Old School Gamer Magazine chats with Rick Salter, co-founder of Hojo Studios, to find out all about the GTA-inspired pigeon roguelike, The Godfeather!

About The Godfeather:

The Godfeather’s fast-paced “swoop & poop” gameplay takes place across dynamically generated levels, each filled with unique targets and hazards that need to be “taken out” the only way pigeons know how. Your character, a rising associate in the pigeon underworld must fulfill missions from HQ and face brutal boss encounters to progress through the story. 

From The Suburbs to The Boidwalk to The Town, players must avoid enemy “Anti-Pigeon Drones”, cats, lifeguards, lawn-Karens, owls and much more using stealth tactics (and poop)  to their advantage. Along the way, players can loot dumpsters to reload your poop ammo, upgrade their pigeon abilities to get the edge in combat or customise their pigeon’s whole look for maximum glow-up.

The Godfeather has also been invited to be a part of the inaugural SXSW Sydney Game Fest, taking place from October 18-22.

Old School Gamer Magazine: Why do pigeons and mafia go so well together?

Rick Salter: Pigeons are adorable, kinda clueless creatures – but they also mob together. So the idea of a Pigeon Mafia was impossible to get out of our heads once we thought about it. Wouldn’t it be amazing if these derpy birds actually believed they were part of a major crime organization, and were on a mission to take back their territory from rival families (other birds) and humans? If we’d chosen more aggressive birds like crows or eagles or magpies, it wouldn’t have been nearly as funny. It’s the delusion that makes it funny. Of course there’s a pigeon mafia!  

Old School Gamer Magazine: How was this game born?

Salter: Jola and I wanted to get back to basics and create a game that spoke to our core Hojo values – taking the most unlikely protagonist we can imagine, then pushing the idea into the craziest territory possible. Once we fall in love with a character, the game gets built around them. So for us it was a mafia pigeon – then the rest of the game just started suggesting itself as we went. The idea to do a sort of “GTA but with poop” seemed like the next illogical step.

Old School Gamer Magazine: What is your role in the game?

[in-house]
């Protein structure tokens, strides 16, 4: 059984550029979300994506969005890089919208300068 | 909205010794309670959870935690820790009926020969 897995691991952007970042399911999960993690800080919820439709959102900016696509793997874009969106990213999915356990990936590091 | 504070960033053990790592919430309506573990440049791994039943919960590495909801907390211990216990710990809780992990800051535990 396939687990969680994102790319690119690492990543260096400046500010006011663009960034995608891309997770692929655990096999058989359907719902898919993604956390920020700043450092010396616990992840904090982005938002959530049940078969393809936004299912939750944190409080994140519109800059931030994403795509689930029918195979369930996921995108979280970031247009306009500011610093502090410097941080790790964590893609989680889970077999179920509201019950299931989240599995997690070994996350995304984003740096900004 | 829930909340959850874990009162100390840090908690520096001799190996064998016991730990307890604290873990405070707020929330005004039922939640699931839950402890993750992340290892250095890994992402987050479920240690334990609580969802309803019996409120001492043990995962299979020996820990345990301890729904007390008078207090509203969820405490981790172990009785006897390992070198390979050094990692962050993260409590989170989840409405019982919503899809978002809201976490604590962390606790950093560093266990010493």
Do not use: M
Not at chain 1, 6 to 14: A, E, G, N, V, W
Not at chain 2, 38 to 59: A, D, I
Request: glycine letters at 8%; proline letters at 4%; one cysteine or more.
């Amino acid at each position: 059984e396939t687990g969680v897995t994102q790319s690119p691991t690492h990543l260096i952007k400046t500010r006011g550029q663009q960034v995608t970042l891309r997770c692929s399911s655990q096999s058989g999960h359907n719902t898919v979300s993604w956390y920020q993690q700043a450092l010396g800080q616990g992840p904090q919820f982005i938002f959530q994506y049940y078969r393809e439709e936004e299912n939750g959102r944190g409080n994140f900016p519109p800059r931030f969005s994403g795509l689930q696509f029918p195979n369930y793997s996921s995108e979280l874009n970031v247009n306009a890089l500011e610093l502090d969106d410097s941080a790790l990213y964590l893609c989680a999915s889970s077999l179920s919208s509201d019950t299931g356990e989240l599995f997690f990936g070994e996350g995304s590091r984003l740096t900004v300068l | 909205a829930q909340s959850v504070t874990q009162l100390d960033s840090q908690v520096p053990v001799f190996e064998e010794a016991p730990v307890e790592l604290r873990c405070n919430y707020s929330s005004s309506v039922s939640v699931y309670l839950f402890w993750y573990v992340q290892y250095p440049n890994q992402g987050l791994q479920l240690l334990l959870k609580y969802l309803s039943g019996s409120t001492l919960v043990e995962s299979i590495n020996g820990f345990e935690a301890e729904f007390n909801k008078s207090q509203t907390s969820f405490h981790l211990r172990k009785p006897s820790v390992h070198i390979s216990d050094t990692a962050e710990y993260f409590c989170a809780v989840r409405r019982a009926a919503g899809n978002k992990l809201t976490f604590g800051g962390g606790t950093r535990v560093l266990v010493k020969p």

Salter: Jola and I both share the overall game design. I handle coding, animation, music and sound. Jola is in charge of all the 2D artwork and most of the 3D modelling. 

Old School Gamer Magazine: What has development been like?

Salter: The development itself has been a real joy – getting back to basics with a development team of two allows you to be super flexible and throw ideas around at the same time as you’re bringing it to life. We’re very lucky to have been joined by Stephanie Salter as executive producer and Shoshana Lewis as our community manager. They’re deeply involved every step of the way – and the assistance and support from Screen Australia has been a life saver.

Old School Gamer Magazine: What makes this game special?

Salter: It’s the world’s first mafia pigeon roguelike! We believe in something we call the “Hojo Smile” – there’s a blend of sweetness, satire, Australian humor and general absurdity we try to put into every game we make, and we think it’s pretty unique.

Old School Gamer Magazine: What games influenced this one the most?

Salter: It’s clearly influenced by the early GTA games with the idea of doing crimes while hiding from the five-o from a top-down perspective, but there are loads of little influences in there. You can see Spelunky, you can even see parts inspired by Returnal. Returnal absolutely needs a pigeon mode.

Old School Gamer Magazine: Any fun stories or wild moments during development?